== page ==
It is an interesting new trend, and something that financial institutions need to focus on to make sure that they are not left behind. Millennials now make up 56% of the US labour force, meaning their spending habits will dominate trends going forward.
For this trend to take off, the store credit needs to be granted in real time. Imagine arriving at the till, saying you want store credit, then giving your ID number, and having your rate and repayment terms quoted back to you in a few minutes.
For Visa, this trend could mean people moving off of their card network. In the short run though, there is still huge growth potential in tapping the cash using market segment. In the US, 6% of people don’t have bank accounts, and a further 18% are underbanked. That means Visa still has those 25% as potential customers.
You can read more here – Do Credit Cards Have Staying Power?.
As you can see, both Paul and I are excited about the potential that LVMH holds. Adding to the list of brands mentioned by Paul above, Bernard Arnault’s French luxury conglomerate also owns cosmetic retailer Sephora, Italian jeweller Bulgari, and cognac maker Hennessy.
Revenues came in at a record high of EUR53.67 billion, up 15% while net profits came in at EUR7.17 billion up, 13% also a new record for the largest luxury company in the world. Louis Vuitton on the leather goods and fashion side was the big driver and their efforts to expand the Dior brand in order for it to appeal to males has been a genius move as we can see the fruits!
The biggest issue for luxury companies in 2019 was their dependence on Hong Kong, which is one of their main hubs for revenue. We know in 2019 there were relentless protests in Hong Kong which led to a lot of luxury goods makers like LVMH and our very own Richemont, to temporarily close some of their stores in the city. LVMH benefitted from being geographically diversified in this case.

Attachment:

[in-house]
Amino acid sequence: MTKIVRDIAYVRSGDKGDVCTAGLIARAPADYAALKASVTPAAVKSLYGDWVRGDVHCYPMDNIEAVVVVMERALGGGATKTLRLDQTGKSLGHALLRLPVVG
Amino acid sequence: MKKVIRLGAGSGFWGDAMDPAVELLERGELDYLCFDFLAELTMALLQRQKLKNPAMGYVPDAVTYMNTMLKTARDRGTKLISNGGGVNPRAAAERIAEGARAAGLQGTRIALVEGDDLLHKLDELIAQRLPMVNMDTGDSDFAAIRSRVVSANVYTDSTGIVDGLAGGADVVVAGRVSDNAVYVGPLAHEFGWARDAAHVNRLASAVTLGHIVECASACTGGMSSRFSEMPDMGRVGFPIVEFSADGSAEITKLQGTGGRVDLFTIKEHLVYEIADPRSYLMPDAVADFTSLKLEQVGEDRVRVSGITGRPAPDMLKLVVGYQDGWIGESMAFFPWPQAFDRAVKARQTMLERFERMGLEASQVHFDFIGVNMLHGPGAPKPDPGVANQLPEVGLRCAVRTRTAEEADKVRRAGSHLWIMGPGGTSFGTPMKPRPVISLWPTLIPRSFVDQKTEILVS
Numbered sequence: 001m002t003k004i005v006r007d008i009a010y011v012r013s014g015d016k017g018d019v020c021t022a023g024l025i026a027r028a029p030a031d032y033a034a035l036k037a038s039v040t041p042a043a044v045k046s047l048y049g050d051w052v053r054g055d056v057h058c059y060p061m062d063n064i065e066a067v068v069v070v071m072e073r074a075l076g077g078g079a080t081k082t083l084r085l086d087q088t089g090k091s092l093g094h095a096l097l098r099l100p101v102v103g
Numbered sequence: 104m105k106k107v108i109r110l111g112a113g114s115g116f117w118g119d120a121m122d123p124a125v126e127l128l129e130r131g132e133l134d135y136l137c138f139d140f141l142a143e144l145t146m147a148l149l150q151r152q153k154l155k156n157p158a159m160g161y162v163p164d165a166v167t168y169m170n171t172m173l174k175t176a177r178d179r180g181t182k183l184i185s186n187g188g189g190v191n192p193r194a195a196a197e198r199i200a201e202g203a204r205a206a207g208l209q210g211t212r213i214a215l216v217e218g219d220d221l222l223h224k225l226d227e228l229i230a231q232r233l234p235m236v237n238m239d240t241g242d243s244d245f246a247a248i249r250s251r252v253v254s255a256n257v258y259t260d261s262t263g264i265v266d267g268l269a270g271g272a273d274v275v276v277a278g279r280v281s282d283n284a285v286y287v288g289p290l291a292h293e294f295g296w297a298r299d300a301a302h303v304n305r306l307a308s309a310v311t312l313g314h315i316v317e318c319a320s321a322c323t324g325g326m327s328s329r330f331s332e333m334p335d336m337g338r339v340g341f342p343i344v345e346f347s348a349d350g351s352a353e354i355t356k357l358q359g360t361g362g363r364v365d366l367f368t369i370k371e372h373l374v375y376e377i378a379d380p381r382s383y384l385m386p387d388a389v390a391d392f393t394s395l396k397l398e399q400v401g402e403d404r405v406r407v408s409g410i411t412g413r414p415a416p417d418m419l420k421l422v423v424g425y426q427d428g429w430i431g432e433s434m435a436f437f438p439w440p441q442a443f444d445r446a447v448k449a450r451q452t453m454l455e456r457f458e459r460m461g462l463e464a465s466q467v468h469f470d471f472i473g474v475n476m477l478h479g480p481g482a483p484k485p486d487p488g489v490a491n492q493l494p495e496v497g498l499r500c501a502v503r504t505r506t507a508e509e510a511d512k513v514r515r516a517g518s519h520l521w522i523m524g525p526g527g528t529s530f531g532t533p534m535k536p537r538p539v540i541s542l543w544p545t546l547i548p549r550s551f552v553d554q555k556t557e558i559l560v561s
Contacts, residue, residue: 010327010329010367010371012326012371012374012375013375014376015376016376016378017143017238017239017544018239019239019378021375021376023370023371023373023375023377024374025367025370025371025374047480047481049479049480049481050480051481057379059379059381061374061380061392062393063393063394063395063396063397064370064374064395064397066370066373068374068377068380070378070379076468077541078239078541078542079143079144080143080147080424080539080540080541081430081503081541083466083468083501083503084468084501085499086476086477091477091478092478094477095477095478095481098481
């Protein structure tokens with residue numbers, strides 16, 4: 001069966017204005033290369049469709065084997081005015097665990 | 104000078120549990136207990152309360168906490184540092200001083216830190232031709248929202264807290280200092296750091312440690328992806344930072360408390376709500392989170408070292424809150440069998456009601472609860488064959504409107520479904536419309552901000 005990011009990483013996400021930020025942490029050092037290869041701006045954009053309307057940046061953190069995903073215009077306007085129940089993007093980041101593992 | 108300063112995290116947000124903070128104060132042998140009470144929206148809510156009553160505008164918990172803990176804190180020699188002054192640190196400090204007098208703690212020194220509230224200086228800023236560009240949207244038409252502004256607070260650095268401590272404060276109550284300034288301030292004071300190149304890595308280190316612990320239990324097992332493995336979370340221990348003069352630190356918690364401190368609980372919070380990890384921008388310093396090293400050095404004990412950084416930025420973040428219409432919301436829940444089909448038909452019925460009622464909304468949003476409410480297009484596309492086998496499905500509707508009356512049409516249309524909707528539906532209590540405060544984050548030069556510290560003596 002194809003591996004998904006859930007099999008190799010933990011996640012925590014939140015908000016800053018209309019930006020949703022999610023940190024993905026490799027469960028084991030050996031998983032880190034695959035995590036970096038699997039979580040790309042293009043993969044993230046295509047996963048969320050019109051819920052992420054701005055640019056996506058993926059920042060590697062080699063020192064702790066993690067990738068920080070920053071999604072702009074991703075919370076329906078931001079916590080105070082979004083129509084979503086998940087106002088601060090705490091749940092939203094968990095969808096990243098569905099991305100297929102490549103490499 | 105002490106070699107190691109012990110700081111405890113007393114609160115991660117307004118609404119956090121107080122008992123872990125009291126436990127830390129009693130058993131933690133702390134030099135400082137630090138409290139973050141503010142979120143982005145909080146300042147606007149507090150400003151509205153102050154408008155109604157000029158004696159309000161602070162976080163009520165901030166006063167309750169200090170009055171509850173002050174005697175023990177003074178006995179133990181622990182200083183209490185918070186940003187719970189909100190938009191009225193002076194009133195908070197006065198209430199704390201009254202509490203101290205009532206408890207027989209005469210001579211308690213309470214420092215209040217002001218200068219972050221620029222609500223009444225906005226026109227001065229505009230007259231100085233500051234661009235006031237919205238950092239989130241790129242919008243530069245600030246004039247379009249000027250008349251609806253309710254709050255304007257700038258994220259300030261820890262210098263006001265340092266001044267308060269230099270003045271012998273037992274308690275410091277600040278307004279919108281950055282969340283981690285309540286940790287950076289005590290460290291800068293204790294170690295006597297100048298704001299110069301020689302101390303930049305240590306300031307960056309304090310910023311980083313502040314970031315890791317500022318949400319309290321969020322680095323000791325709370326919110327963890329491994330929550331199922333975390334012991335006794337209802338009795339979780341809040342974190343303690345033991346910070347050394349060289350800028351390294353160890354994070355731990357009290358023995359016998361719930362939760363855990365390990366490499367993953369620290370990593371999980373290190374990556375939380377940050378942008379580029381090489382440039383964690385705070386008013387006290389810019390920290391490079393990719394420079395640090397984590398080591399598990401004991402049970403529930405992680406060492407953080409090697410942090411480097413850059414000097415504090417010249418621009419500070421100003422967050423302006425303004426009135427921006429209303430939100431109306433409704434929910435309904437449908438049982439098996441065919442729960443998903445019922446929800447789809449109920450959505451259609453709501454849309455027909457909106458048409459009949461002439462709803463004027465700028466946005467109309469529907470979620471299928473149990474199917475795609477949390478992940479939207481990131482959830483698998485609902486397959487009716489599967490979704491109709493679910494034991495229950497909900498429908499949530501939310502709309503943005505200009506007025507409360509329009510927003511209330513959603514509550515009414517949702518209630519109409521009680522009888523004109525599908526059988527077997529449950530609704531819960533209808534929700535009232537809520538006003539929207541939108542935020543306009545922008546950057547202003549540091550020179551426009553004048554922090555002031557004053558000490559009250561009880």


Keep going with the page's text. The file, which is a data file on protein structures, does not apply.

LVMH has done a handful of acquisitions like the clothing division of Dior in 2017, the luxury hotel chain Belmond last year, jewellery maker Bulgari in 2011 and most recently their imminent acquisition of Tiffany & Co.. However, the majority of the organic growth came from Louis Vuitton which is as brand they’ve had for a very long time.
A company like LVMH sales does get affected by things like the coronavirus. However, as I was explaining to Paul in our discussion yesterday evening; the Lunar New Year red envelopes have been exchanged and all that money that didn’t get spent last weekend will have to be spent sometime in the future. So yes the sales outlook for 2020 might not be amazing for these companies but when this is all over, people will be spending on their favourite luxury goods and LVMH would be more than happy to supply them.
In the interim, if the LVMH share price misbehaves because of the coronavirus, this could provide for a great investment opportunity for the patient investor.
Linkfest, Lap it up
To our young readers wondering what to do after school, have a look at some top paying jobs in South Africa – 17 jobs paying more than R2 million in SA right now.
Here is some fun from our history books. How good are your sales skills? – The Man Who Tried to Sell the Eiffel Tower (Twice).
This morning Bloomberg reported that Moody’s says it is too early to assess South Africa’s progress. Said another way, a debt downgrade in March is not a foregone conclusion. A big factor in their decision will be the budget speech in February, will we see another VAT increase? It is another big day for earnings in the US, with Facebook, Microsoft, Illumina and Tesla reporting numbers. The JSE All-share is higher this morning and the Rand is at $/R 14.53.
Sent to you by Team Vestact.